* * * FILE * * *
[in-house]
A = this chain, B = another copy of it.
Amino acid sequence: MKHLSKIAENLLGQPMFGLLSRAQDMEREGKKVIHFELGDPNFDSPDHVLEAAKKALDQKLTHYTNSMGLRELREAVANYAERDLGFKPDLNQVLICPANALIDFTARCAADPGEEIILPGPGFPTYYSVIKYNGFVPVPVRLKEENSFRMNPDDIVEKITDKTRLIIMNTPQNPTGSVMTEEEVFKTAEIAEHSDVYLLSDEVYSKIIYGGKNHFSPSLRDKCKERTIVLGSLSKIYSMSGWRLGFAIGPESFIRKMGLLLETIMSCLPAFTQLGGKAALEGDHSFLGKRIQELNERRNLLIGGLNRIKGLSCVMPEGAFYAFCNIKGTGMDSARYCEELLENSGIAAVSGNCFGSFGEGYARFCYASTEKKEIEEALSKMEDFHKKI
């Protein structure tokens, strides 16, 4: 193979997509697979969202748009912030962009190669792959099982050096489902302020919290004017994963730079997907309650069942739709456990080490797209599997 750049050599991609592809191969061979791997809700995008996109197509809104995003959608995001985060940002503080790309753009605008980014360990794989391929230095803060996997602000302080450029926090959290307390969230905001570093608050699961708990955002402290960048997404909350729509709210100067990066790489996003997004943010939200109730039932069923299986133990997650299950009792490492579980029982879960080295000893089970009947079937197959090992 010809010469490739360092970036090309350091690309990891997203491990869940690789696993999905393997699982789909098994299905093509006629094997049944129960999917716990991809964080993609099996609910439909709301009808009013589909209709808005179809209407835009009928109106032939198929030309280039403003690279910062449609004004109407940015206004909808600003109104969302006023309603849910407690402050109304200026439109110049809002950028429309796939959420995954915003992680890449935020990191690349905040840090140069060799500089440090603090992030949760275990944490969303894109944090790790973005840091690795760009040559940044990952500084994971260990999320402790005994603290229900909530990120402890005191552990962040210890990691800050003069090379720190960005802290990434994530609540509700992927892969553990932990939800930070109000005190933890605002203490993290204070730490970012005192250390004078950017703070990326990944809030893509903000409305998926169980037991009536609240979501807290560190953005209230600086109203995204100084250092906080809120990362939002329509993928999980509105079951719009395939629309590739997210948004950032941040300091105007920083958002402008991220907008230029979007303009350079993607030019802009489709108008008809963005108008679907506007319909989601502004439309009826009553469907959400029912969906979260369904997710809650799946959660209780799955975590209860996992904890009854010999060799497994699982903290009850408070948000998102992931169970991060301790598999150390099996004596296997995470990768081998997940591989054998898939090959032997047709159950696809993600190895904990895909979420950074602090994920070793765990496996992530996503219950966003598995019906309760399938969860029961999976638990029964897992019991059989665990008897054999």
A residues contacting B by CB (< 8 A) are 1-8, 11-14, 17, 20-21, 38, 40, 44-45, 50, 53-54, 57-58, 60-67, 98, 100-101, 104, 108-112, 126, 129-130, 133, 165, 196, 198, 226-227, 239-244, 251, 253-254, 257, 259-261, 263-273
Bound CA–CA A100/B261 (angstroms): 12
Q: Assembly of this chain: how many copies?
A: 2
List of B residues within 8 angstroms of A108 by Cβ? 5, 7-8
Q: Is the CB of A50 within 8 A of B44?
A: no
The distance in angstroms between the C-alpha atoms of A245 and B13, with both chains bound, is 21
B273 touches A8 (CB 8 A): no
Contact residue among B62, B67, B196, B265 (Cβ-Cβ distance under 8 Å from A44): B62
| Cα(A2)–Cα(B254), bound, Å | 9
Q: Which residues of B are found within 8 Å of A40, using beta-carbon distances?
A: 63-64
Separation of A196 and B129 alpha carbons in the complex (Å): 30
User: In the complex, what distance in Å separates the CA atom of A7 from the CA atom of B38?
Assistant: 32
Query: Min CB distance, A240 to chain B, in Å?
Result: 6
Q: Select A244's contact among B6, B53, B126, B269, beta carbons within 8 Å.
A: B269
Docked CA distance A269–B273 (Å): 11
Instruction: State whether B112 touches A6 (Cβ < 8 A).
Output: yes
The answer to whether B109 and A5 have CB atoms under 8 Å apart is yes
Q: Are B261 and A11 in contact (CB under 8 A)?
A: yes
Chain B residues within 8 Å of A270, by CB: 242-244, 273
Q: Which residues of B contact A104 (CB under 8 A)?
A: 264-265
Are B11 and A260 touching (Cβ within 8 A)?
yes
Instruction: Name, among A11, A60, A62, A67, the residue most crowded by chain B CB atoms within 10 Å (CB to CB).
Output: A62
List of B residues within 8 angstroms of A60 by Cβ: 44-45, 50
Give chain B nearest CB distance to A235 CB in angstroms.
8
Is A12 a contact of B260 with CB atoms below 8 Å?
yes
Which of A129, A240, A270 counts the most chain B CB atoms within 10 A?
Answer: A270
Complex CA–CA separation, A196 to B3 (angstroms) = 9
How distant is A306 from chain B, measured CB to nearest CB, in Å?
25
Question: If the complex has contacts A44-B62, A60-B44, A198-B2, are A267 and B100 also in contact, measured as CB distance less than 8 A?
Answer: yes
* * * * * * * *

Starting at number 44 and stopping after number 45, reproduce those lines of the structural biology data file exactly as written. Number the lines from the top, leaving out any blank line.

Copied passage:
Answer: A270
Complex CA–CA separation, A196 to B3 (angstroms) = 9